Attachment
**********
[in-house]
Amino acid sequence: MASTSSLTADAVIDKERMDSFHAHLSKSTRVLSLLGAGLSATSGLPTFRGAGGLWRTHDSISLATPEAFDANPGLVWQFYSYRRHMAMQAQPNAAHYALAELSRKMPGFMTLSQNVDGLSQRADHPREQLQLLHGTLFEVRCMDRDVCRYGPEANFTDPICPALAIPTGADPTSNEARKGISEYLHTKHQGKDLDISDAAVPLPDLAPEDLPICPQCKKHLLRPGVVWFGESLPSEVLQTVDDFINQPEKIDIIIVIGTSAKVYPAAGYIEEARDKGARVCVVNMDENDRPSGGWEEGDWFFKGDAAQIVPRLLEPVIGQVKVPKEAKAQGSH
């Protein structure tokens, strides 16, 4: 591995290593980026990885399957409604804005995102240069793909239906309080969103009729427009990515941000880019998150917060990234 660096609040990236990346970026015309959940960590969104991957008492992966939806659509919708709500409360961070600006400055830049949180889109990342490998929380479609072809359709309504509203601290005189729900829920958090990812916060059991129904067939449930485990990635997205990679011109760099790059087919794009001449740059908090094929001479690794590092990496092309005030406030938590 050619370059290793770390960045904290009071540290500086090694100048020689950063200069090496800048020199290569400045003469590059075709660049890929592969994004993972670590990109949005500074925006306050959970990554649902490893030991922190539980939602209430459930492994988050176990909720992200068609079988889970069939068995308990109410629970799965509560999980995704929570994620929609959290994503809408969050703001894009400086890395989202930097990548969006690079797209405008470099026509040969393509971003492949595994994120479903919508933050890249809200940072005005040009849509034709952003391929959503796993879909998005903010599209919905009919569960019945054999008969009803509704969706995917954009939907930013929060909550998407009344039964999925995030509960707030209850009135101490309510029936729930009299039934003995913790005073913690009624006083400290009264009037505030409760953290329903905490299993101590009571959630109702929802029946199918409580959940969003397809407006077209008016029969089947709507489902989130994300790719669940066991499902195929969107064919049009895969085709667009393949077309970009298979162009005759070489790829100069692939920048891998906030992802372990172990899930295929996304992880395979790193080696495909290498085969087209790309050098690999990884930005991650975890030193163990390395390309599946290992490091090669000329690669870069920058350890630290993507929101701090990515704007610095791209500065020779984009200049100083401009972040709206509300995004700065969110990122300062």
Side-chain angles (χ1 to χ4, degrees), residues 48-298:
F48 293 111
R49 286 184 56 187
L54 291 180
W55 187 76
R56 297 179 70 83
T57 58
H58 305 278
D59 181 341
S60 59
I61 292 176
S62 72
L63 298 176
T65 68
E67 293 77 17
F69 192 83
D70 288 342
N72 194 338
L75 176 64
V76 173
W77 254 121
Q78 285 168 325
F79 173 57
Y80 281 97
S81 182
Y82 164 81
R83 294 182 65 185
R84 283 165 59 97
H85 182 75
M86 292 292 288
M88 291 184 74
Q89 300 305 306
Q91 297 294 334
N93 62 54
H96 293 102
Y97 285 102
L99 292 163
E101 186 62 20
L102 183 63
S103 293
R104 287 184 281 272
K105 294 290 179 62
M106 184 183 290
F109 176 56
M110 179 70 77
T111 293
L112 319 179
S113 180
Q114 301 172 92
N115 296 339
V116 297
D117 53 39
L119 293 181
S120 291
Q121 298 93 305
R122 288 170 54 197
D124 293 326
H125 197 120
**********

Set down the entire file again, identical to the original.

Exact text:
[in-house]
Amino acid sequence: MASTSSLTADAVIDKERMDSFHAHLSKSTRVLSLLGAGLSATSGLPTFRGAGGLWRTHDSISLATPEAFDANPGLVWQFYSYRRHMAMQAQPNAAHYALAELSRKMPGFMTLSQNVDGLSQRADHPREQLQLLHGTLFEVRCMDRDVCRYGPEANFTDPICPALAIPTGADPTSNEARKGISEYLHTKHQGKDLDISDAAVPLPDLAPEDLPICPQCKKHLLRPGVVWFGESLPSEVLQTVDDFINQPEKIDIIIVIGTSAKVYPAAGYIEEARDKGARVCVVNMDENDRPSGGWEEGDWFFKGDAAQIVPRLLEPVIGQVKVPKEAKAQGSH
């Protein structure tokens, strides 16, 4: 591995290593980026990885399957409604804005995102240069793909239906309080969103009729427009990515941000880019998150917060990234 660096609040990236990346970026015309959940960590969104991957008492992966939806659509919708709500409360961070600006400055830049949180889109990342490998929380479609072809359709309504509203601290005189729900829920958090990812916060059991129904067939449930485990990635997205990679011109760099790059087919794009001449740059908090094929001479690794590092990496092309005030406030938590 050619370059290793770390960045904290009071540290500086090694100048020689950063200069090496800048020199290569400045003469590059075709660049890929592969994004993972670590990109949005500074925006306050959970990554649902490893030991922190539980939602209430459930492994988050176990909720992200068609079988889970069939068995308990109410629970799965509560999980995704929570994620929609959290994503809408969050703001894009400086890395989202930097990548969006690079797209405008470099026509040969393509971003492949595994994120479903919508933050890249809200940072005005040009849509034709952003391929959503796993879909998005903010599209919905009919569960019945054999008969009803509704969706995917954009939907930013929060909550998407009344039964999925995030509960707030209850009135101490309510029936729930009299039934003995913790005073913690009624006083400290009264009037505030409760953290329903905490299993101590009571959630109702929802029946199918409580959940969003397809407006077209008016029969089947709507489902989130994300790719669940066991499902195929969107064919049009895969085709667009393949077309970009298979162009005759070489790829100069692939920048891998906030992802372990172990899930295929996304992880395979790193080696495909290498085969087209790309050098690999990884930005991650975890030193163990390395390309599946290992490091090669000329690669870069920058350890630290993507929101701090990515704007610095791209500065020779984009200049100083401009972040709206509300995004700065969110990122300062």
Side-chain angles (χ1 to χ4, degrees), residues 48-298:
F48 293 111
R49 286 184 56 187
L54 291 180
W55 187 76
R56 297 179 70 83
T57 58
H58 305 278
D59 181 341
S60 59
I61 292 176
S62 72
L63 298 176
T65 68
E67 293 77 17
F69 192 83
D70 288 342
N72 194 338
L75 176 64
V76 173
W77 254 121
Q78 285 168 325
F79 173 57
Y80 281 97
S81 182
Y82 164 81
R83 294 182 65 185
R84 283 165 59 97
H85 182 75
M86 292 292 288
M88 291 184 74
Q89 300 305 306
Q91 297 294 334
N93 62 54
H96 293 102
Y97 285 102
L99 292 163
E101 186 62 20
L102 183 63
S103 293
R104 287 184 281 272
K105 294 290 179 62
M106 184 183 290
F109 176 56
M110 179 70 77
T111 293
L112 319 179
S113 180
Q114 301 172 92
N115 296 339
V116 297
D117 53 39
L119 293 181
S120 291
Q121 298 93 305
R122 288 170 54 197
D124 293 326
H125 197 120